Monthly Archives: February 2017

On freedom

A key issue may be that “freedom” for many Americans has always meant the freedom of the male settler-colonist to destroy the earth and its people, order his women and slaves around, and impose his religion upon others.

Yet more important is that Trump is trying to destroy the national self-image as progressive. It is of course delusional to believe that the US has not always been a poor idea, yet it is a worse idea to renounce the ideal of justice.

My other insight is that the US depends upon slavery, and that this is why we need the indocumentados as indocumentados. I would like to be on a dissertation committee about this, as there is a great deal to say about it.

This means, of course, that as long as there are no unions all manufacturing and construction jobs here will have to be poorly paid. Indocumentados and convicts will have to do them, probably, and the citizens will have to join the Army. What do you think?

Meanwhile, we have:
◊◊Narcofosas in Jalisco
◊◊The lack of a left in the US
◊◊A really important action item
◊◊Puerto Rican faces deportation to Mexico

…and a great deal more. But please do look at that action item.

Axé.

Leave a comment

Filed under Movement, News

On anxiety

I have it and should pay more serious attention to it. I need shiatsu massage and reasonable control of my schedule and space, regardless of the chaos other people may have in their lives. I am not talking about control over others or rigid defensiveness. I am talking about not being imposed upon, and about having as many rights as others.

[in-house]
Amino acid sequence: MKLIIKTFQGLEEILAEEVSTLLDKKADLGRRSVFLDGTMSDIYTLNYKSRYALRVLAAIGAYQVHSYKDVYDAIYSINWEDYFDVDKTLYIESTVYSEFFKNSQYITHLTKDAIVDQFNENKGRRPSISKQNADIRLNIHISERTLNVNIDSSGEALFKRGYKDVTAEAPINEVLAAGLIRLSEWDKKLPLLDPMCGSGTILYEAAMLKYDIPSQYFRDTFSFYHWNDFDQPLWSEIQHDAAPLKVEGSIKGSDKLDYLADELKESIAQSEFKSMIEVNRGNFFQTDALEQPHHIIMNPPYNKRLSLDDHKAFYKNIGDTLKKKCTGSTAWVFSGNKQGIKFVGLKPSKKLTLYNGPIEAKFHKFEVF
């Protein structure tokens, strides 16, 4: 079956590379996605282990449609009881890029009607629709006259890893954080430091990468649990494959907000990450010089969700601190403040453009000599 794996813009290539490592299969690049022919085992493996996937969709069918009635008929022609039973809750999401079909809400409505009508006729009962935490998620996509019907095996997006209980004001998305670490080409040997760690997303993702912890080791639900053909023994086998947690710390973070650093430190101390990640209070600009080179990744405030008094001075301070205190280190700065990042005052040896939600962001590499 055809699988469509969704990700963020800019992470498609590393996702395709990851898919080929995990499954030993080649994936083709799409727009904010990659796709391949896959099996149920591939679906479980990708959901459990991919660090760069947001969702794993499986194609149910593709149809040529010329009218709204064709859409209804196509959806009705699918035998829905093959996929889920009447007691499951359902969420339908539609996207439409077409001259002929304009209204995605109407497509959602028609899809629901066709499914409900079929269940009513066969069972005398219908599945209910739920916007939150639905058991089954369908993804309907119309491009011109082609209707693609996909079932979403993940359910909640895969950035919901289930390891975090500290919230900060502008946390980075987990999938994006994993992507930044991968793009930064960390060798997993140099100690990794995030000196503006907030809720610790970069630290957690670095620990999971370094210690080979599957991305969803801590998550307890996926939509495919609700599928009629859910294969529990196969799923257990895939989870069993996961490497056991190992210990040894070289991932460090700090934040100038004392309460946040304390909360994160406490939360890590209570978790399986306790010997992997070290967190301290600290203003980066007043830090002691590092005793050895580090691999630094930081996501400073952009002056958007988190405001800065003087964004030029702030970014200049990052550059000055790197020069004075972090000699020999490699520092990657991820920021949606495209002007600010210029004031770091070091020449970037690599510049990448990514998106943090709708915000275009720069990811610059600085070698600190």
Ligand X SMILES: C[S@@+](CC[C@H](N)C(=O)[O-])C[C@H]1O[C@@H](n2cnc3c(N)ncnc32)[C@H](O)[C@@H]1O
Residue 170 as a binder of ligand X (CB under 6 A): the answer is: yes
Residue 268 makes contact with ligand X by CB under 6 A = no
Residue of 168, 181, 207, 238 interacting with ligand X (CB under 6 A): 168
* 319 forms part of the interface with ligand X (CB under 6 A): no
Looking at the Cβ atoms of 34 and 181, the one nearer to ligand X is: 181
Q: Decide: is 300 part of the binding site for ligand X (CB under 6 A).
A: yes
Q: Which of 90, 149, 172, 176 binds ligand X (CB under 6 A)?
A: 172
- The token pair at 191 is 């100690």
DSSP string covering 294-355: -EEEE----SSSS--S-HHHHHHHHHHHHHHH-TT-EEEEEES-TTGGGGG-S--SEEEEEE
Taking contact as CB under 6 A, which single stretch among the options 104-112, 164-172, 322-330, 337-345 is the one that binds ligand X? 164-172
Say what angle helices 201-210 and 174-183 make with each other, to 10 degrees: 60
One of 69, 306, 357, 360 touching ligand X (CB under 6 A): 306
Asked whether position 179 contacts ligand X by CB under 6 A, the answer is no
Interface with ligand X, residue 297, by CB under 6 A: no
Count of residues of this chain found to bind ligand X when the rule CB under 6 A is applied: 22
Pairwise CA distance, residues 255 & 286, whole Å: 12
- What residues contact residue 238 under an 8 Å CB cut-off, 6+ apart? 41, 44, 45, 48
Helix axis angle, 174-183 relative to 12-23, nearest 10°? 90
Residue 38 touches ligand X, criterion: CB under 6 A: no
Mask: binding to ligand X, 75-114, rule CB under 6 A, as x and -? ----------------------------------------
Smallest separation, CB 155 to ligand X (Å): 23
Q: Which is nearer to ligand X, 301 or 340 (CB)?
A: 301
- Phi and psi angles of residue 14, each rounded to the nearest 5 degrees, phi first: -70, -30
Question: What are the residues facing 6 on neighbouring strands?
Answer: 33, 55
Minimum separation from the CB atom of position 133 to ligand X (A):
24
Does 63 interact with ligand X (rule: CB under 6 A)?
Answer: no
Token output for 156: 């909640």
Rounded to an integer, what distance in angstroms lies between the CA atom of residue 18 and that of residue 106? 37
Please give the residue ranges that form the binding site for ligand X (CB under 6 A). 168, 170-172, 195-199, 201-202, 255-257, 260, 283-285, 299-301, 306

I think very regular, serious treatment of the situation, and respect for it, are in order. (Back home, of course, I would never have doubted these things, and would never have allowed, or had to allow the situation to get this bad.)

I am incarcerated in a house, under the control of an irrational person who has legal power over me. I must care for them and do as they say. I must take on a very large professional project that is not the one I want. I am unable to do this under coercion, but not allowed to do anything else.

That is the ur-feeling of it. Bodily I have experienced taquicardia without heart problems, digestive issues, muscle tension and most notably, freezing of the brain. I’ve also seen spots, without having a vision problem. The two most subtle, but clearest indicators of anxiety are:

1/ becoming irritated or feeling defeated over something that can actually be managed with assertiveness;
2/ losing focus, as if one had lost interest or were too tired; inefficiency as a result of this.

People don’t realize I have anxiety because I am still a calm person and still so rational. In addition, I don’t have anxiety without a cause–it is always about being imposed upon, and the imposition is always real. Therefore, focusing on symptoms rather than cause, which the anxiety experts want one to do, only increases the feeling of imposition, incarceration, inattention to the obvious, and manipulation.

It is since November, Thanksgiving evening to be exact, that things have been this way and I have not had the time/space to reflect upon the situation. Had this period also started earlier? What about October, with study abroad? What about September, with the roof? What about the issues with the leaking door and floor? When did I last have any calm time to myself?